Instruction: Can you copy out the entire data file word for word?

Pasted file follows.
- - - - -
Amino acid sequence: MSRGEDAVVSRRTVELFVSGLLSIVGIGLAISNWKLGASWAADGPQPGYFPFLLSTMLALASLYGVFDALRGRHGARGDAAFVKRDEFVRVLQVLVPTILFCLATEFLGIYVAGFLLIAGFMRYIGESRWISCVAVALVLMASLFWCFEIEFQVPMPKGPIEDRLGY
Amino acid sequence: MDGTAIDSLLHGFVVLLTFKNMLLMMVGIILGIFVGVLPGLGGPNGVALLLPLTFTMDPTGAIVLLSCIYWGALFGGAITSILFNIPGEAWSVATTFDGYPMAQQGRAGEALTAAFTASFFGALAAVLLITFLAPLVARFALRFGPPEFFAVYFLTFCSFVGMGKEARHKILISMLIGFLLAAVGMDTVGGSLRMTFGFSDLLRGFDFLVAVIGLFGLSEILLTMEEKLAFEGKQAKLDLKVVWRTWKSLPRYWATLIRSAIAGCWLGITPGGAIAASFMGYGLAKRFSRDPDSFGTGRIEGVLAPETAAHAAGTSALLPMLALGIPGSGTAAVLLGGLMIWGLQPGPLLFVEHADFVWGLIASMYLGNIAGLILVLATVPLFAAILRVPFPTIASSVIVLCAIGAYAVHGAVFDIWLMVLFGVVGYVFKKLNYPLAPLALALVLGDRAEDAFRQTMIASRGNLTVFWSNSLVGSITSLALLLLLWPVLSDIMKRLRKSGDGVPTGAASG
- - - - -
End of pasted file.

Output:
Amino acid sequence: MSRGEDAVVSRRTVELFVSGLLSIVGIGLAISNWKLGASWAADGPQPGYFPFLLSTMLALASLYGVFDALRGRHGARGDAAFVKRDEFVRVLQVLVPTILFCLATEFLGIYVAGFLLIAGFMRYIGESRWISCVAVALVLMASLFWCFEIEFQVPMPKGPIEDRLGY
Amino acid sequence: MDGTAIDSLLHGFVVLLTFKNMLLMMVGIILGIFVGVLPGLGGPNGVALLLPLTFTMDPTGAIVLLSCIYWGALFGGAITSILFNIPGEAWSVATTFDGYPMAQQGRAGEALTAAFTASFFGALAAVLLITFLAPLVARFALRFGPPEFFAVYFLTFCSFVGMGKEARHKILISMLIGFLLAAVGMDTVGGSLRMTFGFSDLLRGFDFLVAVIGLFGLSEILLTMEEKLAFEGKQAKLDLKVVWRTWKSLPRYWATLIRSAIAGCWLGITPGGAIAASFMGYGLAKRFSRDPDSFGTGRIEGVLAPETAAHAAGTSALLPMLALGIPGSGTAAVLLGGLMIWGLQPGPLLFVEHADFVWGLIASMYLGNIAGLILVLATVPLFAAILRVPFPTIASSVIVLCAIGAYAVHGAVFDIWLMVLFGVVGYVFKKLNYPLAPLALALVLGDRAEDAFRQTMIASRGNLTVFWSNSLVGSITSLALLLLLWPVLSDIMKRLRKSGDGVPTGAASG